Our hair, much like our skin, is effected by many elements and has 3 main causes that effect it's condition and shine factor. Heat, Chemical and Environmental. Also just like our skin it shows these changes by the way it looks and feels.
Heat damage is due to heat appliances like your hair dryer, straighteners, tongues, wand, crimpers and styling aids. You should always ensure you are protecting your hair from the heat being used, The best way I describe this to my clients is to think of your skin... would you place the straighteners plate on your skin when its hot? No, of course not, not without having something in the way to stop it burning, this is what thermal protection is to your hair. It's a protection from all heat sources applied directly to your hair between washes.
Chemicals like colours, relaxers, perms and colour removers can cause stress to your hair and without the correct knowledge of how to rebalance the hairs levels this stress can begin to cause damage to the hair structure. Especially if over processing occurs.
Basically the atmosphere, wind, rain, sun (UV rays) etc can also effect our hairs condition, All of joico contains protection again UVA and UVB rays because this factor has a much larger impact than we realise on our hair.
Taking all this into consideration this is why in my salon we are a prescriptive salon and we assess your hair on every visit to ensure the product you're using is still meeting your hairs needs and is still fit for purpose. It is my belief that all salons should be prescriptive but not all see the importance sadly. However you will be hard pushed to find any salon that only has one shampoo for all, as one shampoo does not suit all hair types and meet the needs of every head.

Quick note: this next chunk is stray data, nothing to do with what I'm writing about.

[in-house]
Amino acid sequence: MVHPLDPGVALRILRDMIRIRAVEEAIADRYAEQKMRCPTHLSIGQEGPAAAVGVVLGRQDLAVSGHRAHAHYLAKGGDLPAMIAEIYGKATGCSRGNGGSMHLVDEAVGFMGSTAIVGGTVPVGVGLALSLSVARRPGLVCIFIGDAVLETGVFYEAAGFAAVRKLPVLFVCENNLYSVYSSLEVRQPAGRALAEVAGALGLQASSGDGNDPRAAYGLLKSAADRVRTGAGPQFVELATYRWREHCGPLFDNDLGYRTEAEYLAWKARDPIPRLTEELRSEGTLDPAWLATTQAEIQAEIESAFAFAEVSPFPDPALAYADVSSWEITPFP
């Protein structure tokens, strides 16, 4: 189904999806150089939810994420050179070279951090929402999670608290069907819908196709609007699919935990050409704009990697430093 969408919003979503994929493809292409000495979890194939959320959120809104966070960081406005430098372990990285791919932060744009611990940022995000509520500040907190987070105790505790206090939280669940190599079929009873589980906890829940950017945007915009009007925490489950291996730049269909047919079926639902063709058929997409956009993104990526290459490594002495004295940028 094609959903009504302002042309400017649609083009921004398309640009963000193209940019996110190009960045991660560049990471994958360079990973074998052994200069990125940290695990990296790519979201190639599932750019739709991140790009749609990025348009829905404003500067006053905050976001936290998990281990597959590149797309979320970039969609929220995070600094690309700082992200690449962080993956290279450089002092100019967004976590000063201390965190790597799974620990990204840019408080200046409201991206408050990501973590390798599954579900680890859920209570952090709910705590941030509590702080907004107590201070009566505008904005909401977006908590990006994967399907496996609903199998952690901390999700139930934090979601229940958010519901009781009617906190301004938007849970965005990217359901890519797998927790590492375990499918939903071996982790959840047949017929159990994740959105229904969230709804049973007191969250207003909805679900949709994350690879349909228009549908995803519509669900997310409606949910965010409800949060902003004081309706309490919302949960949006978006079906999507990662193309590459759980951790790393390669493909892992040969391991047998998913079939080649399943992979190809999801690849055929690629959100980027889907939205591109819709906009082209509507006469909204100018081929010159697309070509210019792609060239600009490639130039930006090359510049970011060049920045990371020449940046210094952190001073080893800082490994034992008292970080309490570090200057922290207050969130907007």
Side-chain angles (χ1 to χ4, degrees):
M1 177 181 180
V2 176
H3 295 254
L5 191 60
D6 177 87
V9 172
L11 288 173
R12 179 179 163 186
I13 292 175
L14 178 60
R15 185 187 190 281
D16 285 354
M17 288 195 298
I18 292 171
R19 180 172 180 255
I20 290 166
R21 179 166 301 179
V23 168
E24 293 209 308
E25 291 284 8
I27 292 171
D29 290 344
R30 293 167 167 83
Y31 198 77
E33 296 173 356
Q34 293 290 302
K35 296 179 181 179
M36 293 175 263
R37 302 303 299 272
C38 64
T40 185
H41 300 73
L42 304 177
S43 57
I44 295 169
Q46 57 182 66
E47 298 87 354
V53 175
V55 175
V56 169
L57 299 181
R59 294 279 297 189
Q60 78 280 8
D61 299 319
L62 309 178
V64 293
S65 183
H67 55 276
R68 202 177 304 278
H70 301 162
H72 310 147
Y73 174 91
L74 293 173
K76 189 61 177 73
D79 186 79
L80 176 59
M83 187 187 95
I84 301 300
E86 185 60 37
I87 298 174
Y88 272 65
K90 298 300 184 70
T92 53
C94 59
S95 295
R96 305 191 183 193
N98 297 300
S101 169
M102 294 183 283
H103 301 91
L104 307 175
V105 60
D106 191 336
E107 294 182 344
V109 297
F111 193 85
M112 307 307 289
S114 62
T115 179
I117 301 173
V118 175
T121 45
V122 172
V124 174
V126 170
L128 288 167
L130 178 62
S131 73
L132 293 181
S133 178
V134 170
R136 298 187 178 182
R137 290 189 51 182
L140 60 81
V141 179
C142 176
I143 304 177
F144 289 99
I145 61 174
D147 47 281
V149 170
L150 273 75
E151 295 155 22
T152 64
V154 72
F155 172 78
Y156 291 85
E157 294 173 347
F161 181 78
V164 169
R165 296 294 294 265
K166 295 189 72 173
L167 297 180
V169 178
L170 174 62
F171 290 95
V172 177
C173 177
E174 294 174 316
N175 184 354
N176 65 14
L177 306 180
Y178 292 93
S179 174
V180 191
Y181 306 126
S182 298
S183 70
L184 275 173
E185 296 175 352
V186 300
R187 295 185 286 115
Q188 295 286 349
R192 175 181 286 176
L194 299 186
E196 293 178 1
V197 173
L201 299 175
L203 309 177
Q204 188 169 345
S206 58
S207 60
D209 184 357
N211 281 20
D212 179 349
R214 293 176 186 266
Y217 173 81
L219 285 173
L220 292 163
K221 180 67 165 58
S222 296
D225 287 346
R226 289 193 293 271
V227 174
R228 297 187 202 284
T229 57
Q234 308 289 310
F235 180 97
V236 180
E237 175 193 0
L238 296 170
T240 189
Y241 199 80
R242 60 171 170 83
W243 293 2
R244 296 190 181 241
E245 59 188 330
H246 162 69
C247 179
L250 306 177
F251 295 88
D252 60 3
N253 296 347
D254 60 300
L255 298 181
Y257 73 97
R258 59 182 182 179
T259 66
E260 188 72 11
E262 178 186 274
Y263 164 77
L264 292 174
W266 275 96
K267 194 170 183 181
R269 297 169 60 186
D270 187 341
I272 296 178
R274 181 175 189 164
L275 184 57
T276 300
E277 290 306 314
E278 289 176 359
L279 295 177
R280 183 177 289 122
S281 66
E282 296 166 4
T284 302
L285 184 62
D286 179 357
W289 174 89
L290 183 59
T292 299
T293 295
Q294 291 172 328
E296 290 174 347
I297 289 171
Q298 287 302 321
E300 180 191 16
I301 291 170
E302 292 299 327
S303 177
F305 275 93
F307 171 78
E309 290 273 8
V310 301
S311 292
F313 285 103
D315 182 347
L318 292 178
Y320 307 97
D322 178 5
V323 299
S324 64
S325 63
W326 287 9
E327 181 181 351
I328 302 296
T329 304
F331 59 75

So the question still remains - why does our hair go dull or lifeless and sometimes feel dryer?
Usually it's down to how we have been treating it, If it is going dull this is usually a product build up created by heavy silicones within non-professional ranges or the dryness can be because many use harsher surfactants within their non-professional ranges.
Joico are my chosen range for many reasons, one reason is because they use very mild surfactants in their products and all of their ingredients are water soluble meaning with every wash nothing is left on your hair that shouldn't be so cannot create a build up.
So if your hair changes in it's needs this will be due to changes to the environment or your regime then you may need to alter your shampoo at this point but your stylist will be best to advise on which to use. If your hair does not change then you do not need to alter a thing. Many of my clients have been using the same shampoo for years and not needed to alter some have a couple they alter between depending on how they have treated their hair and what it's needs are.
So I hope that has answered the age old myth about whether or not you should be switching up your shampoo's or not.
Thank you for taking the time out to have a read of this weeks instalment and I look forward to seeing you again next week.
Until next time : Happy Hair Day
If you skimmed - here are the important bits
- Hair can alter much like our skin
- Hair condition can be effect by heat appliances, chemicals and environmentally
- Prescriptive ranges are designed to meet your specific hair needs
- Your stylist should be assessing your hair every visit to ensure you're still using the best product for you current hair needs.
- No salon will have a one shampoo for all and as no two heads of hair are the same and have different needs.
- If your hair is going dull it's probably your shampoo contains heavy silicones and is causing a build up
- If your hair is dry it's probably due to your shampoo containing harsh surfactants